Effects of side ratio and wind incidence angle on the top displacements of rectangular buildings along the *X*-axis are shown in Fig. 7a, b, respectively. At a wind incidence angle of 0°, the evaluated mean along-wind displacements of buildings RE1, RE2, RE3 and RE4 are almost 77, 55, 38 and 34 % of along-wind displacement of square building SQ1, respectively. The evaluated mean displacements of buildings RE1, RE2, RE3 and RE4 along the *X*-axis at a wind incidence angle of 45° are approximately 83, 61, 45, and 35 % of along the *X*-axis displacement of square building SQ1 at wind incidence angle of 45°, respectively.

It is also observed that wind forces induce significant axial forces on the exterior columns, whereas it is almost negligible on the central interior column. Wind forces contribute up to 35 % of axial forces in the exterior column for WL+DL case, due to the combined action of wind-induced sway and torsional loads near the building perimeter. The nature of axial force in columns due to wind forces depends on its location, its shape and size, geometry of the structure and wind direction.

### Displacement along *Z*-axis

Figure 8a–e show the horizontal displacements of buildings SQ1, RE1, RE2, RE3 and RE4 along the *Z*-axis at different wind incidence angles, respectively. As the side ratio of building increases, the horizontal displacements of buildings along the *Z*-axis increase due to increase in wind forces along the *Z*-axis on broader wall of the building. It is noticed that at wind incidence angles of 15°, 30°, 45°, 60° and 75°, the mean top displacement of building RE2 along the *Z*-axis is almost 25, 55, 72, 85 and 92 %, respectively, to that of its along the *Z*-axis displacement at a wind incidence angle of 90°. At wind incidence angles of 15°, 30°, 45°, 60° and 75°, the mean top displacement of building RE3 along the *Z*-axis is almost 26, 53, 70, 85 and 94 %, respectively, to that of its along the *Z*-axis displacement at a wind incidence angle of 90°. At wind incidence angles of 15°, 30°, 45°, 60° and 75°, the mean top displacement of building RE4 along the *Z*-axis is almost 29, 56, 76, 90 and 94 %, respectively, to that of its along the *Z*-axis displacement at a wind incidence angle of 90°.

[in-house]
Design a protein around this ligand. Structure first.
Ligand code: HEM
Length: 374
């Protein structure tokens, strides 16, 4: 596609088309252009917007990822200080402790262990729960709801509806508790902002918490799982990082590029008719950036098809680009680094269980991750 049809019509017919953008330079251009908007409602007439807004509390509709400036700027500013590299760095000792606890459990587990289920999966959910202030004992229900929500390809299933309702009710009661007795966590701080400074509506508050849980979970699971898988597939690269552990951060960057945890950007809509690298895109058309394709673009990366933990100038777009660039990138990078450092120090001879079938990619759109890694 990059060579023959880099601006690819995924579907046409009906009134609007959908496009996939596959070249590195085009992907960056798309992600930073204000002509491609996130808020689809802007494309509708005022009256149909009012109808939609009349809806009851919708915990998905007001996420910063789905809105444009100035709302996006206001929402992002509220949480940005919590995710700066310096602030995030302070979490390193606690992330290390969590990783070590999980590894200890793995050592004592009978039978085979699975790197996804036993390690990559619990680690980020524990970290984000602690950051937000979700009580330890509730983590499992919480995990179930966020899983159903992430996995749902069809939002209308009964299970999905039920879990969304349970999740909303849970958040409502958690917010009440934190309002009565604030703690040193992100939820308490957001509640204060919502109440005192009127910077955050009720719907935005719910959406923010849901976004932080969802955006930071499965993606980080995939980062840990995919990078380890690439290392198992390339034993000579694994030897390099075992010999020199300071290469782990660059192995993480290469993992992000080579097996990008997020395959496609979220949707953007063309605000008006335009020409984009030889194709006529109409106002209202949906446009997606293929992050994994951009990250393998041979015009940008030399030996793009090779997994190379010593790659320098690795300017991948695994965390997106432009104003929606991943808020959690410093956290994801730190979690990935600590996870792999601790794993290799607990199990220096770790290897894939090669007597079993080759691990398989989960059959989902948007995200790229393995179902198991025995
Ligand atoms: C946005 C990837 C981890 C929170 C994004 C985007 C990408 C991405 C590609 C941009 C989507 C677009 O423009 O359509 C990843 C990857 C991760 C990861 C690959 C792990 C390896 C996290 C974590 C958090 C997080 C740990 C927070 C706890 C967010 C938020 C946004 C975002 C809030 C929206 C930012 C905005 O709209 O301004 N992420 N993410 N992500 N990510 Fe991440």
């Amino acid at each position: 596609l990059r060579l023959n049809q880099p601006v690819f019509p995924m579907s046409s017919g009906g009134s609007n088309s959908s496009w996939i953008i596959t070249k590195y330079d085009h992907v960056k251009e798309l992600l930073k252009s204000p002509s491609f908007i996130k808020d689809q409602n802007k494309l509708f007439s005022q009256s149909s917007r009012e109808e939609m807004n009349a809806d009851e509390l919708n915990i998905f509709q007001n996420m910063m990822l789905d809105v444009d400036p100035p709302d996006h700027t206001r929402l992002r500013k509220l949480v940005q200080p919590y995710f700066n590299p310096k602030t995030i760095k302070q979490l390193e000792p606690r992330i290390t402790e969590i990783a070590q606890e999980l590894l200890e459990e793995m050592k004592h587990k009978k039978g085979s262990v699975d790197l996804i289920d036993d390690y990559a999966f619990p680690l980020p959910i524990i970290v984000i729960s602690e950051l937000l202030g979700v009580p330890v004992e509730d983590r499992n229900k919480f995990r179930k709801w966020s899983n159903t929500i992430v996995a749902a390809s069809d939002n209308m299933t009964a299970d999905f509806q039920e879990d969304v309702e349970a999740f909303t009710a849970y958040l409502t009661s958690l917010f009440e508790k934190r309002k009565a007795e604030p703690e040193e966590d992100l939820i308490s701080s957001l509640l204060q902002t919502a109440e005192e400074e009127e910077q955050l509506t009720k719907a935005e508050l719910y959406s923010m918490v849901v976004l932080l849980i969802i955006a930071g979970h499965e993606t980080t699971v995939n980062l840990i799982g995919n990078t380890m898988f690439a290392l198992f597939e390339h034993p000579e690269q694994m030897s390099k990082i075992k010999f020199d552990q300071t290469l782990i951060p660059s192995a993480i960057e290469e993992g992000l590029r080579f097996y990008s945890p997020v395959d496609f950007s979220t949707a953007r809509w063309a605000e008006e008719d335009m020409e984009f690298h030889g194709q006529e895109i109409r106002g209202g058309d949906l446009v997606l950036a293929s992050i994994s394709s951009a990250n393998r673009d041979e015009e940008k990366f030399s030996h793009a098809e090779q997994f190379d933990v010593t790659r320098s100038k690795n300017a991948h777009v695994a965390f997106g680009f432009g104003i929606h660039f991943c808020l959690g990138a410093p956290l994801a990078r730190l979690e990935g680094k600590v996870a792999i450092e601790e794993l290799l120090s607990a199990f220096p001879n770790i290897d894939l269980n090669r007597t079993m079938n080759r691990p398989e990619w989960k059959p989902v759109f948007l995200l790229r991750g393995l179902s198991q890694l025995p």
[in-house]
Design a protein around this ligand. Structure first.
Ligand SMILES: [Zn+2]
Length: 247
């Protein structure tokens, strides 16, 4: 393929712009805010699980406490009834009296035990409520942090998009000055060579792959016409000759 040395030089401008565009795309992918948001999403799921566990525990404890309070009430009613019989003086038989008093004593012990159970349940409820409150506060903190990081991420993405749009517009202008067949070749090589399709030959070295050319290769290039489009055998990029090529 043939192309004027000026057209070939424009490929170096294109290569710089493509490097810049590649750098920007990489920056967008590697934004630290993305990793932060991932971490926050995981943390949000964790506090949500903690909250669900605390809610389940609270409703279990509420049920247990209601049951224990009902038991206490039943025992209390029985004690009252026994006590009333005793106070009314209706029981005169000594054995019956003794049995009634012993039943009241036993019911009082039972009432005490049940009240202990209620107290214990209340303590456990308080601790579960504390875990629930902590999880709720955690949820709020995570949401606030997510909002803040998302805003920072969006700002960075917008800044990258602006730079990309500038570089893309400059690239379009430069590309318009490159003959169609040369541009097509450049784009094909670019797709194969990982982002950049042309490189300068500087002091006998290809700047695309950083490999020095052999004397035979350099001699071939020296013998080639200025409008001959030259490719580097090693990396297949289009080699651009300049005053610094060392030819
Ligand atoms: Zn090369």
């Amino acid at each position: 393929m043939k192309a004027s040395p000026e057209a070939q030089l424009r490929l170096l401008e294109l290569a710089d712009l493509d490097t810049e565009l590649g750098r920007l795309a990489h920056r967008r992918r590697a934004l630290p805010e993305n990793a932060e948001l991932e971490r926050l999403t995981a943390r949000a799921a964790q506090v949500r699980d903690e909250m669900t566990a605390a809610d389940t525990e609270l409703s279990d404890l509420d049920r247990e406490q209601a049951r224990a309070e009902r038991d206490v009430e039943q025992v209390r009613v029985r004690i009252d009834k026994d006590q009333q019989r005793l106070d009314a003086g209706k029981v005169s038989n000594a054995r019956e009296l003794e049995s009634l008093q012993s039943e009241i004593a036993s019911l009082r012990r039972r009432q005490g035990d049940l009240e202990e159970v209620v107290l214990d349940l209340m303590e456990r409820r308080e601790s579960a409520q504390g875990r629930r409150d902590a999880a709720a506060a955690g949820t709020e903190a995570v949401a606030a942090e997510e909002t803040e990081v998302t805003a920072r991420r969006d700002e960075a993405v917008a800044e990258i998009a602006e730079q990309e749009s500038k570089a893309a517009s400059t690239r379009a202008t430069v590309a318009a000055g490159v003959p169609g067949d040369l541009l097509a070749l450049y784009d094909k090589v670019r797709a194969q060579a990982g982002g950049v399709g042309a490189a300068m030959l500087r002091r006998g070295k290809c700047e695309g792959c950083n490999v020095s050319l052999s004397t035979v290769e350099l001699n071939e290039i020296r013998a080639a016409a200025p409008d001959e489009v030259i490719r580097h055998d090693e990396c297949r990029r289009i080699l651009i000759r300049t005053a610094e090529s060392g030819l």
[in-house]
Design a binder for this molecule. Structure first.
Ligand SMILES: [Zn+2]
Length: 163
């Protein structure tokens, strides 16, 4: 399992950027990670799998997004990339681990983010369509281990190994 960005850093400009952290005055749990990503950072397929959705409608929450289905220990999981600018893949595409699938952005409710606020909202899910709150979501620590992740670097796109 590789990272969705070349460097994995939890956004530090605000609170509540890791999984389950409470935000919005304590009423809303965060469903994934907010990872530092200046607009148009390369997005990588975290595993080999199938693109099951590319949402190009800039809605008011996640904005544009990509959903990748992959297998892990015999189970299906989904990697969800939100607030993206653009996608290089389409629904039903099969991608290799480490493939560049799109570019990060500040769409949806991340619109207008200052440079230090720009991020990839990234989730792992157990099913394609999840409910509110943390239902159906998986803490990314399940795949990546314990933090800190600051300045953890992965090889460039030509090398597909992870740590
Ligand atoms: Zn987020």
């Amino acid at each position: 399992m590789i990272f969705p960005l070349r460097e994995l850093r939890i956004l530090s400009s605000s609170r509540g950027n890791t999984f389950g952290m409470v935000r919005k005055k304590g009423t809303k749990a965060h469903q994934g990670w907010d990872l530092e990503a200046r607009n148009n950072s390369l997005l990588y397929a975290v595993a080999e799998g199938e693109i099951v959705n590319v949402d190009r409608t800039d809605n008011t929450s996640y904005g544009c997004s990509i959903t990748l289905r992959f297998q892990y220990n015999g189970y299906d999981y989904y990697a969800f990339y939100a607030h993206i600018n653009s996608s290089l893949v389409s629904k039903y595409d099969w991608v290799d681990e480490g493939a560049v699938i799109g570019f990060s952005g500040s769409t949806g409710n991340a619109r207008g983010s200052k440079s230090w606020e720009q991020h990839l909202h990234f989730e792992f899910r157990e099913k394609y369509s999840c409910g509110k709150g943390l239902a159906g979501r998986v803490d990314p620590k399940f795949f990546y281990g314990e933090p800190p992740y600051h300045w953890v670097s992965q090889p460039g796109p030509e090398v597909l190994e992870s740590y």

Effects of side ratio and wind incidence angle on the displacements of rectangular buildings along the *Z*-axis are shown in Fig. 9a, b, respectively. At 45° wind incidence angle, the mean top displacement of buildings RE1, RE2, RE3 and RE4 along the *Z*-axis is almost 1.57, 2.01, 2.19, and 3.07 times along the *Z*-axis displacement of square building SQ1 at 45° wind incidence angle, respectively. At 90° wind incidence angle, the mean displacement of buildings RE1, RE2, RE3 and RE4 along the *Z*-axis is almost 1.27, 1.66, 1.82, and 2.42 times along the *Z*-axis displacement of square building SQ1 at corresponding wind angle, respectively.

### Torsion

Aerodynamic torsion occurs even on regular shape buildings (other than round), whenever the angle of wind incidence is skewed to an axis of symmetry as a result of an uneven mean pressure distribution around the building walls. This is created by flow separation points at corners around the building cross-section. Figure 10a shows the torsion developed on square and rectangular buildings at different wind incidence angles. At wind incidence angle of 0 and 90°, the centers of mean pressures are approximately near the middle of each face and as a result the mean torques on buildings are almost negligible. A small increase in wind incidence angle *θ*, however, rapidly shifts the center of pressure on face-B (Fig. 2) toward leading corner. For square buildings, the contribution to the total mean torque from that face at *θ* = 5°, 10°, 15°, and 20° is approximately 54, 67, 66 and 53 %, respectively (Isyumov and Poole 1983). With increasing wind incidence angle, the contributions to the mean torque from front face-A gain importance. However, contributions to the mean torque from face-C and face-D remain relatively small. The rapid rate of change in the mean torque around *θ* = 0° is thus principally due to the shift of the center of pressure of face-B toward leading corner. Square building is subjected to maximum clockwise and anticlockwise mean torsional moment at wind incidence angles of 15 and 75°, respectively.